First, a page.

Eight Cousins

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"I don't have any books to read, and all the spare time I get I run off into the woods; that rests me better than stories," answered Phebe, as she finished one job and began on another.

Rose watched her as she got out a great pan of beans to look over, and wondered how it would seem to have life all work and no play. Presently Phebe seemed to think it was her turn to ask questions, and said, wistfully

"You've had lots of schooling, I suppose?"

"Oh, dear me, yes! I've been at boarding school nearly a year, and I'm almost dead with lessons. The more I got, the more Miss Power gave me, and I was so miserable that I 'most cried my eyes out. Papa never gave me hard things to do, and he always taught me so pleasantly I loved to study. Oh, we were so happy and so fond of one another! But now he is gone, and I am left all alone."

The tear that would not come when Rose sat waiting for it came now of its own accord two of them in fact and rolled down her cheeks, telling the tale of love and sorrow better than any words could do it.

For a minute there was no sound in the kitchen but the little daughter's sobbing and the sympathetic patter of the rain. Phebe stopped rattling her beans from one pan to another, and her eyes were full of pity as they rested on the curly head bent down on Rose's knee, for she saw that the heart under the pretty locket ached with its loss, and the dainty apron was used to dry sadder tears than any she had ever shed.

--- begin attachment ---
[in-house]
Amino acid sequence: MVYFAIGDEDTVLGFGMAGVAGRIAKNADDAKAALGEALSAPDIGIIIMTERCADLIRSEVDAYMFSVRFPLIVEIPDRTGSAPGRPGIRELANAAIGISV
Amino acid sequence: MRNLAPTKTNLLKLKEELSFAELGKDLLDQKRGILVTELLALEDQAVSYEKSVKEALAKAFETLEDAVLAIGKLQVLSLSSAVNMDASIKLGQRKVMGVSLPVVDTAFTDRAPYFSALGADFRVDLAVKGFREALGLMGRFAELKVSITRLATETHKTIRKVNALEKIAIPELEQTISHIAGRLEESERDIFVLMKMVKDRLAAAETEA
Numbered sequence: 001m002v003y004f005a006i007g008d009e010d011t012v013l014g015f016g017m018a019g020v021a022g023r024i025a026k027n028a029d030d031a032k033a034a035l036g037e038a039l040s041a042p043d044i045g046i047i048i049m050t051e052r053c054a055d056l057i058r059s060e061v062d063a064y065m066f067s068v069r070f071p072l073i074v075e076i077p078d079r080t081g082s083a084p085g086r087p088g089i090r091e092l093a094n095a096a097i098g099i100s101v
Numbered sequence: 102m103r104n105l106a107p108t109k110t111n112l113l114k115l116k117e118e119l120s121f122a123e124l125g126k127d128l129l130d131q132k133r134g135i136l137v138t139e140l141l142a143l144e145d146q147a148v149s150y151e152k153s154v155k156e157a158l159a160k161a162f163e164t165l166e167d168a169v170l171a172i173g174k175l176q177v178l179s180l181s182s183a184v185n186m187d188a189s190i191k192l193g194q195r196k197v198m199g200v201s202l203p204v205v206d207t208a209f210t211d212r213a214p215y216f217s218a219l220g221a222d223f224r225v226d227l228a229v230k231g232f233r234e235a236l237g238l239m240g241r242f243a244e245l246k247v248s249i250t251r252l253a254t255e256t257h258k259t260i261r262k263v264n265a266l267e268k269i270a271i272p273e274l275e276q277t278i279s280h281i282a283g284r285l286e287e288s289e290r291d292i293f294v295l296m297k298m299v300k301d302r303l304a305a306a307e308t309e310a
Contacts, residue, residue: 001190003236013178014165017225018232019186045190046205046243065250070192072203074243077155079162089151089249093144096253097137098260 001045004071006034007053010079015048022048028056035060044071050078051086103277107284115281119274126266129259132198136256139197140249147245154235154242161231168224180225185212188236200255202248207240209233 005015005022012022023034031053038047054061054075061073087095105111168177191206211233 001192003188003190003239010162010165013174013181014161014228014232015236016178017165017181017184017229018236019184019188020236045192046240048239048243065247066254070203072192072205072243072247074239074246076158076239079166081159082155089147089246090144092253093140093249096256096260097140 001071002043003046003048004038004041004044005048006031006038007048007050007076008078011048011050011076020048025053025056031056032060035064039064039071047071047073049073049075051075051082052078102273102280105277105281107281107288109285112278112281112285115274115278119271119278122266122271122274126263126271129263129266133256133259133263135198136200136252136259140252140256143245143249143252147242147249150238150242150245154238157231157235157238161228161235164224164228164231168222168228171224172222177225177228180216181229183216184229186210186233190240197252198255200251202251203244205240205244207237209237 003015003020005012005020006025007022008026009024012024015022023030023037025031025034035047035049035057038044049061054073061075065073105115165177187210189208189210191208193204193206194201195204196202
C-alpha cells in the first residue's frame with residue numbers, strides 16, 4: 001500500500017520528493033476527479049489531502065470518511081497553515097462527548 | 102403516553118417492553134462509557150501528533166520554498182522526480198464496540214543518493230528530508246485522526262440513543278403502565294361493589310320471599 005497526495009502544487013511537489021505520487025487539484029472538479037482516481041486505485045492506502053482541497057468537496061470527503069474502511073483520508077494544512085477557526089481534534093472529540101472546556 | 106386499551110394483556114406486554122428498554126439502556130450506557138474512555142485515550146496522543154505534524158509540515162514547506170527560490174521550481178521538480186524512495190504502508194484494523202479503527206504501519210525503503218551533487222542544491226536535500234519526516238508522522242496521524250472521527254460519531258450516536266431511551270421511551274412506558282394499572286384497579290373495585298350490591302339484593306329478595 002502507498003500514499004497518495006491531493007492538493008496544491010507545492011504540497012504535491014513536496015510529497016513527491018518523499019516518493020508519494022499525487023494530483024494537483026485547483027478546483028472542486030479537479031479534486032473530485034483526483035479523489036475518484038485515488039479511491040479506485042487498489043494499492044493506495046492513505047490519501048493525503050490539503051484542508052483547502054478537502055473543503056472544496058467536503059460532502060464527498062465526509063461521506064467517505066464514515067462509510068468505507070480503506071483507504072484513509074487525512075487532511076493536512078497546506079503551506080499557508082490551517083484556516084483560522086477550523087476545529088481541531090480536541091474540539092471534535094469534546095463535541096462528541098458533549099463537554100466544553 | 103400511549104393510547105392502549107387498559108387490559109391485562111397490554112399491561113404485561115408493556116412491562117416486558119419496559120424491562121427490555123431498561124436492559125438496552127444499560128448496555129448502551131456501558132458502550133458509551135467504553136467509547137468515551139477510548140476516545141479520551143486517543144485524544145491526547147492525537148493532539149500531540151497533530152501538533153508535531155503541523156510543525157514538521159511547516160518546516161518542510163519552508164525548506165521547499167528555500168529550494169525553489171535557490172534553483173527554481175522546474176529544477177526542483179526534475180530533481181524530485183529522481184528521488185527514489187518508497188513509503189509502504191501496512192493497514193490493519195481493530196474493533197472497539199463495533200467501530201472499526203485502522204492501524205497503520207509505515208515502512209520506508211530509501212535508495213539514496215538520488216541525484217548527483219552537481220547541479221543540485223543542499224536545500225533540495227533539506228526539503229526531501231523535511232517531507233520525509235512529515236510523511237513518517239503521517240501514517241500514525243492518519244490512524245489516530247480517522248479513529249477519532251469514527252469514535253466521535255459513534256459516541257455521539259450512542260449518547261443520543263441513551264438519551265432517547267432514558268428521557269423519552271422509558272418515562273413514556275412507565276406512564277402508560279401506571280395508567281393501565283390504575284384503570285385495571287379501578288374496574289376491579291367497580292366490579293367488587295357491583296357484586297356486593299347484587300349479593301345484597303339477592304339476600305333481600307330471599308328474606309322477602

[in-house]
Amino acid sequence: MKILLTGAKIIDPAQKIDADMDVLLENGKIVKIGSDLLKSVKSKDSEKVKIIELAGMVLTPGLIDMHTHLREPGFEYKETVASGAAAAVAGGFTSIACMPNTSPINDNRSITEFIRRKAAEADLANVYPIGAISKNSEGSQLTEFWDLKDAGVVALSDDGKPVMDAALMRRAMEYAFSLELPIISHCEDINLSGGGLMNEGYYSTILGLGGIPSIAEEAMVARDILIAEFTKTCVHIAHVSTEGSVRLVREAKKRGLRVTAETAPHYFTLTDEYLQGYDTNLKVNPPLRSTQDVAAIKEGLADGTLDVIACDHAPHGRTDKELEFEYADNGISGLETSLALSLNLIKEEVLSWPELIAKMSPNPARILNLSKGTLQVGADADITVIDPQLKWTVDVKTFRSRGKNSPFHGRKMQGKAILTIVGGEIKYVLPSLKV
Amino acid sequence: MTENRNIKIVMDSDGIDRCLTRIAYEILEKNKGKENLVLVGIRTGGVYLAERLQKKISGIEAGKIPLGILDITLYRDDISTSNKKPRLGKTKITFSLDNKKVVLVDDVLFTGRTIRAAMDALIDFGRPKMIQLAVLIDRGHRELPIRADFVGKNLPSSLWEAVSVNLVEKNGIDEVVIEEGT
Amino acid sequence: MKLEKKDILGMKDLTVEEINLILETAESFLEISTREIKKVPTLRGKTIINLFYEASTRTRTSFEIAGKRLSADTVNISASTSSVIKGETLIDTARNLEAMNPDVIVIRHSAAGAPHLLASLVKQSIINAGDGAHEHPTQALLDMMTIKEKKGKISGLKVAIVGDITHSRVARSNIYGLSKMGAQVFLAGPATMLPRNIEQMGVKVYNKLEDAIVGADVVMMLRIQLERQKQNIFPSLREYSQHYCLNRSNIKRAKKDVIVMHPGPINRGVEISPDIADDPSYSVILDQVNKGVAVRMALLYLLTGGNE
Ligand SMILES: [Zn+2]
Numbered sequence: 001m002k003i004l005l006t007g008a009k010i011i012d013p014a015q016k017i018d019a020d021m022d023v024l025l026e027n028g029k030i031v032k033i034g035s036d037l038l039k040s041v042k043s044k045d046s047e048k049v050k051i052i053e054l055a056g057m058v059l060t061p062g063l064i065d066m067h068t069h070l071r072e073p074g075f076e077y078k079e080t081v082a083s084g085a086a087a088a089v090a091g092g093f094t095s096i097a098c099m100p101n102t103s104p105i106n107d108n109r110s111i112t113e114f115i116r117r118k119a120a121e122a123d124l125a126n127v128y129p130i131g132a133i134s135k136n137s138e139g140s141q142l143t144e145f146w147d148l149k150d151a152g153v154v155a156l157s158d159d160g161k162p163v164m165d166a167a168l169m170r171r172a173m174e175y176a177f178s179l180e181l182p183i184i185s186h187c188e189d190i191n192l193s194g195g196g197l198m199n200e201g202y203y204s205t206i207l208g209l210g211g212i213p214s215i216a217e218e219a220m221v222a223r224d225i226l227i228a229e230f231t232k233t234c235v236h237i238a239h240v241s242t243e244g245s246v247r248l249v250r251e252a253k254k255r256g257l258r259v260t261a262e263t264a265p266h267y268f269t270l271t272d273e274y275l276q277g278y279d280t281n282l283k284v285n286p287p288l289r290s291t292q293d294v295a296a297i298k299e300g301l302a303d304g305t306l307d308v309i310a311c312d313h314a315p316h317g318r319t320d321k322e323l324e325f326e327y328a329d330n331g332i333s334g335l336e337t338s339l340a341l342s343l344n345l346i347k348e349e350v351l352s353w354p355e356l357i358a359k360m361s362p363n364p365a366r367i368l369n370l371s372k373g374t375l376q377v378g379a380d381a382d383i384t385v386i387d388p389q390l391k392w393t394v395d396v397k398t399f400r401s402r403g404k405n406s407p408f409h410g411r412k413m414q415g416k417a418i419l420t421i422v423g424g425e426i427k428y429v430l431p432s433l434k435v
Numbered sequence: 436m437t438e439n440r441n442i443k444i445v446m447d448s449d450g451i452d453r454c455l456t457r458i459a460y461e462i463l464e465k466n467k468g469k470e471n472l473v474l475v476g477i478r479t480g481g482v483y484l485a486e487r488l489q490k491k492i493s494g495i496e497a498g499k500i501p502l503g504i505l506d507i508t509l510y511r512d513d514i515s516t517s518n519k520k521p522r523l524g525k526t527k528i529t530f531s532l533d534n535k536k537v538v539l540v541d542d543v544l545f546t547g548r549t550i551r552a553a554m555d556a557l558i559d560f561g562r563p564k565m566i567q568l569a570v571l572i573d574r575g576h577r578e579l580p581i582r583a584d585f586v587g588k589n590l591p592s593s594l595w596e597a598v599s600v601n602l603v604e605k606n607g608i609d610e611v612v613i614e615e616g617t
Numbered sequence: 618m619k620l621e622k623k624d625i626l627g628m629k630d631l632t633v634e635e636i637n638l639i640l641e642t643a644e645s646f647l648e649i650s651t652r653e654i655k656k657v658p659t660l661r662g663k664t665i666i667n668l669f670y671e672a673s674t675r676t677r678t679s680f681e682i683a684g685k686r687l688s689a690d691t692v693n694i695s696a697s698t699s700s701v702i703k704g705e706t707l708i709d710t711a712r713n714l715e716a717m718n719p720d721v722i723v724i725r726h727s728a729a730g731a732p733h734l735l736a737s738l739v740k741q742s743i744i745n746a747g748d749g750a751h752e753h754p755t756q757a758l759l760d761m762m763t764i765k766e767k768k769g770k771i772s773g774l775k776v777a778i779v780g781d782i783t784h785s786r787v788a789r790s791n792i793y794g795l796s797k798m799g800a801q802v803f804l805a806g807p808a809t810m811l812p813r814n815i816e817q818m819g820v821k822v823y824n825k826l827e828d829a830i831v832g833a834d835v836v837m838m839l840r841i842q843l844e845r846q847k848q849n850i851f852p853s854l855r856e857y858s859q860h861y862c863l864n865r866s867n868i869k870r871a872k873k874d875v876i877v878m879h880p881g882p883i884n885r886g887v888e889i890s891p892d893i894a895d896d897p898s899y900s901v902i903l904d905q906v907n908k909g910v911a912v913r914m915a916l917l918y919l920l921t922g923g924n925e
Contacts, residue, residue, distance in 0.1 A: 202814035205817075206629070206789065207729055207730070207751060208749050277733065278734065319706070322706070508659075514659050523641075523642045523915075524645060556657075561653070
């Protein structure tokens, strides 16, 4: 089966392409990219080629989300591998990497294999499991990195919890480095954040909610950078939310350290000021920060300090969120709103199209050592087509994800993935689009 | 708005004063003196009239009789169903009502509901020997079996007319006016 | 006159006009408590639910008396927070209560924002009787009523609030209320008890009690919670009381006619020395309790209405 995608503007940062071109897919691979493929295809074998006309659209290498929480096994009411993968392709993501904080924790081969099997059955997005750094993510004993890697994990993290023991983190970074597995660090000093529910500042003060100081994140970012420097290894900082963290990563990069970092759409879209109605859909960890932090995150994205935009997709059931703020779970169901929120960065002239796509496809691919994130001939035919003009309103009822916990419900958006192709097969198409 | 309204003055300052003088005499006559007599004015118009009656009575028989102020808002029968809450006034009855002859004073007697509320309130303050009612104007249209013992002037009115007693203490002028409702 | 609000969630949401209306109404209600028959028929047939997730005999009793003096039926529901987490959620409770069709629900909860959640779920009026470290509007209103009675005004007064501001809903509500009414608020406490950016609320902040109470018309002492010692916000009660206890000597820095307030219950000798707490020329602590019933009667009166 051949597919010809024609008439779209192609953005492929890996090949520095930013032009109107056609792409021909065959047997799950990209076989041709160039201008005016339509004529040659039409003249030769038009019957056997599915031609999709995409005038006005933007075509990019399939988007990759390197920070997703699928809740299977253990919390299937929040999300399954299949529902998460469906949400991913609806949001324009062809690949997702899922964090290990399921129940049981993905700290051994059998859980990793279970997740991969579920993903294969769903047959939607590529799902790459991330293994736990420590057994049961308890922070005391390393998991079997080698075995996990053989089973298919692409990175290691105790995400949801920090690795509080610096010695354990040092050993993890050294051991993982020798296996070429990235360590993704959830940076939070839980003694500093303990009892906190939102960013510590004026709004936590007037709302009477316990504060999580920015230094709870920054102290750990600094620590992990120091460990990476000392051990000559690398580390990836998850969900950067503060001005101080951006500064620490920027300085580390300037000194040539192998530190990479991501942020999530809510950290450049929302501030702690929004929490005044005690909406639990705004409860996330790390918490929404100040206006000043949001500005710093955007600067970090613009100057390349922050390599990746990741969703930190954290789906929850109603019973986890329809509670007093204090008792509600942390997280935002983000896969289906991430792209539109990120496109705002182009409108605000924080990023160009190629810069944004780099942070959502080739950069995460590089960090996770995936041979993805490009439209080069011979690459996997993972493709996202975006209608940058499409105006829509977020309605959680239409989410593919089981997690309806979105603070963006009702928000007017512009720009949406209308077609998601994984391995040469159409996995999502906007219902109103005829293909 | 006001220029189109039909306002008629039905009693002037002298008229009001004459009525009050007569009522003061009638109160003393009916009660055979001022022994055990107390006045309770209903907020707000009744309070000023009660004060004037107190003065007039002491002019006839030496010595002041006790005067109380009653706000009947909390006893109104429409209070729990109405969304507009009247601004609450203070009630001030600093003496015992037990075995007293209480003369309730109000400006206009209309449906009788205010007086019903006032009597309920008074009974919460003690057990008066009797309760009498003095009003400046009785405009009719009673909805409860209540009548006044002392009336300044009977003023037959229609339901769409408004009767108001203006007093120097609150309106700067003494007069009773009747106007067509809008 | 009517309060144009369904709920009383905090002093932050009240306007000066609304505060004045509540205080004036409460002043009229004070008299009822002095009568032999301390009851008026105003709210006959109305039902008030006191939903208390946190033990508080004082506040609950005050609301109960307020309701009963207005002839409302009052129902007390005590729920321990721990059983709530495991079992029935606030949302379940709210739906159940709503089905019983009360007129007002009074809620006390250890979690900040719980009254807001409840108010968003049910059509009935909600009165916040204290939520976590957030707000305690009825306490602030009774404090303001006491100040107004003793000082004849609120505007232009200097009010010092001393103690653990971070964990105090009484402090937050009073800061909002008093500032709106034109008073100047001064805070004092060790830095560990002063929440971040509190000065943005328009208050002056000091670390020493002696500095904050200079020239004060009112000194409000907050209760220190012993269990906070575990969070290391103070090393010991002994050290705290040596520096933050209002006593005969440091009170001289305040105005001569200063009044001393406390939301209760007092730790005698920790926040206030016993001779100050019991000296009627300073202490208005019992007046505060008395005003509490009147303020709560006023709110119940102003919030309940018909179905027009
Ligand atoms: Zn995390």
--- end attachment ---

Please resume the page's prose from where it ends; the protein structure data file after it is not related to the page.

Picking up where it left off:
Somehow, she felt more contented with her brown calico gown and blue-checked pinafore; envy changed to compassion; and if she had dared she would have gone and hugged her afflicted guest.

Fearing that might not be considered proper, she said, in her cheery voice

"I'm sure you ain't all alone with such a lot of folks belonging to you, and all so rich and clever. You'll be petted to pieces, Debby says, because you are the only girl in the family."

Phebe's last words made Rose smile in spite of her tears, and she looked out from behind her apron with an April face, saying in a tone of comic distress

"That's one of my troubles! I've got six aunts, and they all want me, and I don't know any of them very well. Papa named this place the Aunt-hill, and now I see why."

Phebe laughed with her as she said encouragingly,

"Everyone calls it so, and it's a real good name, for all the Mrs. Campbells live handy by, and keep coming up to see the old ladies."

"I could stand the aunts, but there are dozens of cousins, dreadful boys all of them, and I detest boys! Some of them came to see me last Wednesday, but I was lying down, and when auntie came to call me I went under the quilt and pretended to be asleep. I shall have to see them some time, but I do dread it so." And Rose gave a shudder, for, having lived alone with her invalid father, she knew nothing of boys, and considered them a species of wild animal.

"Oh! I guess you'll like 'em. I've seen 'em flying round when they come over from the Point, sometimes in their boats and sometimes on horseback. If you like boats and horses, you'll enjoy yourself first-rate."

"But I don't! I'm afraid of horses, and boats make me ill, and I hate boys!" And poor Rose wrung her hands at the awful prospect before her. One of these horrors alone she could have borne, but all together were too much for her, and she began to think of a speedy return to the detested school.

Phebe laughed at her woe till the beans danced in the pan, but tried to comfort her by suggesting a means of relief.

"Perhaps your uncle will take you away where there ain't any boys. Debby says he is a real kind man, and always bring heaps of nice things when he comes."

"Yes, but you see that is another trouble, for I don't know Uncle Alec at all. He hardly ever came to see us, though he sent me pretty things very often. Now I belong to him, and shall have to mind him, till I am eighteen. I may not like him a bit, and I fret about it all the time."

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